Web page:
"I understand they want to do some deficit reduction to please the bond people, but they've earmarked a heck of a lot of money. We think it is perfectly reasonable to cut that amount in half," Amico said.
Council member Gail M. Bailey said she was disturbed by the failure of the staff to provide a "consistent difference" between what Columbia residents and non-Columbia residents pay for services. There are programs for which both groups pay the same amount, a situation that Bailey believes is unfair given the extra tax that Columbia residents pay.
The council has asked its budget committee to study the association's rate structure for neighborhood pools this month and come back with a recommendation before the council votes on the budget at the end of February. But Lanny J. Morrison, chairman of the council, said the association would be hard-pressed to make significant reductions.
"The budget message we gave to staff was one of restraint, and I think they've followed through on that," Morrison said. "We have to take a look at some of the operating expenses and some of the rates to see if there is anything we can do, but it seems like we are already squeezing everything we can into the budget at current rates." BUDGET HIGHLIGHTS OF COLUMBIA ASSOCIATION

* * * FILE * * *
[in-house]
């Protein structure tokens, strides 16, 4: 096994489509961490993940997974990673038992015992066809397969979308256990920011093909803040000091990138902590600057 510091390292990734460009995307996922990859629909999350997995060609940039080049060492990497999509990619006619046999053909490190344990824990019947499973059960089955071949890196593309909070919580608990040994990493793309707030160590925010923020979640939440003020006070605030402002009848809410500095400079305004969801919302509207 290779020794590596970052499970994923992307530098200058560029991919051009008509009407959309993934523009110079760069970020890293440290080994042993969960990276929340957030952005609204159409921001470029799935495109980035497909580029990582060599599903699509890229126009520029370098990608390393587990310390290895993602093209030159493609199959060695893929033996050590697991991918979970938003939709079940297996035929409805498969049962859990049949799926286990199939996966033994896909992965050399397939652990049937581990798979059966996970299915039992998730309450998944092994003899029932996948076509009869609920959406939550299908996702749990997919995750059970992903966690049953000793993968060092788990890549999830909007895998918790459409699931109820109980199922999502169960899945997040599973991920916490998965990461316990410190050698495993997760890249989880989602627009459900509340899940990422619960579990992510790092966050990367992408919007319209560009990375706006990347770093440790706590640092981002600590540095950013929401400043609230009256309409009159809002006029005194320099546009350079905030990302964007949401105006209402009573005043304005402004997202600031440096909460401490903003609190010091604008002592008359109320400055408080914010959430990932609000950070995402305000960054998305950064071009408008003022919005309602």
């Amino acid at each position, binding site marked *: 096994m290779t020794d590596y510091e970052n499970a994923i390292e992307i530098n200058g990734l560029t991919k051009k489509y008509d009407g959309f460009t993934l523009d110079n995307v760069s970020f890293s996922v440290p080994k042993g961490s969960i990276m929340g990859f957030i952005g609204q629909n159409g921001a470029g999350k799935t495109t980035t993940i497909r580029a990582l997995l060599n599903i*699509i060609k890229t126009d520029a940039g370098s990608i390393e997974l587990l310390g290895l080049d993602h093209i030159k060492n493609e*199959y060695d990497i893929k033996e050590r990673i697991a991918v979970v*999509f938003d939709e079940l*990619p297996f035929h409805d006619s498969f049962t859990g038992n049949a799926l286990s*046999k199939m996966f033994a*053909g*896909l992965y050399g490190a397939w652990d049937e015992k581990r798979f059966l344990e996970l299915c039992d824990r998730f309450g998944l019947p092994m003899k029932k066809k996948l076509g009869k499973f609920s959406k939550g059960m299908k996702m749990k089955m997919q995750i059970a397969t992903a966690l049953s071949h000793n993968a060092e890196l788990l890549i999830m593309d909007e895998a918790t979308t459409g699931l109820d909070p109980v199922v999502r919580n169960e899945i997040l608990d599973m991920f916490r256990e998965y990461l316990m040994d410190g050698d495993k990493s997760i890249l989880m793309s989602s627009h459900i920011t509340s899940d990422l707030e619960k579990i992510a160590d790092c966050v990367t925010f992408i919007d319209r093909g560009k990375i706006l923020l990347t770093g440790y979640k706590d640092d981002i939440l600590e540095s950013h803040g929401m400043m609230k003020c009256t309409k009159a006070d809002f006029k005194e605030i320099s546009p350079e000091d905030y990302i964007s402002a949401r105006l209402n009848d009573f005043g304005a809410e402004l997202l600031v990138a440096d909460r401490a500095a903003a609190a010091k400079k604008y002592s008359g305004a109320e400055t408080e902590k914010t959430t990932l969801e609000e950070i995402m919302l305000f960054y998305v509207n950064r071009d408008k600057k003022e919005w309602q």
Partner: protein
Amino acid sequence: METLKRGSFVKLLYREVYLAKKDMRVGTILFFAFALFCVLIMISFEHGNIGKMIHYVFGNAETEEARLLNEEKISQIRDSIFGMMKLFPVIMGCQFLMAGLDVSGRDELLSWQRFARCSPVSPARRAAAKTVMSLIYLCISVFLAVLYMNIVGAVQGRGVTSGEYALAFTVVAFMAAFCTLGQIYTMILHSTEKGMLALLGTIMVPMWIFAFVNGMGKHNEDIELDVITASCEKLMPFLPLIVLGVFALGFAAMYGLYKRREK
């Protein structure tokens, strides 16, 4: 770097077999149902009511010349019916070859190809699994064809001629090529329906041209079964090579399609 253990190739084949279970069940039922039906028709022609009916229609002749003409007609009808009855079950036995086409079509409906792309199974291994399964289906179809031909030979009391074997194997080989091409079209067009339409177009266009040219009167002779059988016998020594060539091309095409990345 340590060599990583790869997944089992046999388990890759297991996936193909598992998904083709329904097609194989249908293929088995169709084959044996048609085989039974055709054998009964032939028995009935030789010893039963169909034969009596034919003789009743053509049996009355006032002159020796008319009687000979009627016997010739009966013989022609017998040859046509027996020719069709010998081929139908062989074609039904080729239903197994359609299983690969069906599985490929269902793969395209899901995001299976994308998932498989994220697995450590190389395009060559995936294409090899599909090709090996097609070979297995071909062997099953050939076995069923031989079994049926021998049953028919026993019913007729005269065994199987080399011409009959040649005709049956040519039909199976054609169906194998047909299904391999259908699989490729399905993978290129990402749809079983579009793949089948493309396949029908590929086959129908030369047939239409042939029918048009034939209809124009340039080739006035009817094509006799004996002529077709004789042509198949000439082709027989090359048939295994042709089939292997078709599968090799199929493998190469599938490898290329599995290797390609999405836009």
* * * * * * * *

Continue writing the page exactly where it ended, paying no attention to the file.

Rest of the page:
A $20 million operating budget, an 8.4 percent increase over current spending. Pay raises that average 5.5 percent for most Columbia Association employees and up to 14 percent for lifeguards, bus drivers and other hard-to-recruit workers. An additional 80 slots in the association's summer nature camps and the creation of a sports camp. The addition of a staff member to coordinate camping programs. Three new before- and after-school day care programs that could accommodate a total of 30 children. Neighborhood pool rates that would remain at this year's levels for all members and Package Plan rates that would stay the same for Columbia residents who already hold memberships. Rates for most other athletic facilities would rise. A $2.7 million capital budget that would be used primarily to replace equipment and upgrade facilities. The capital budget also includes $37,500 to begin planning a portion of a proposed face lift for Columbia's downtown.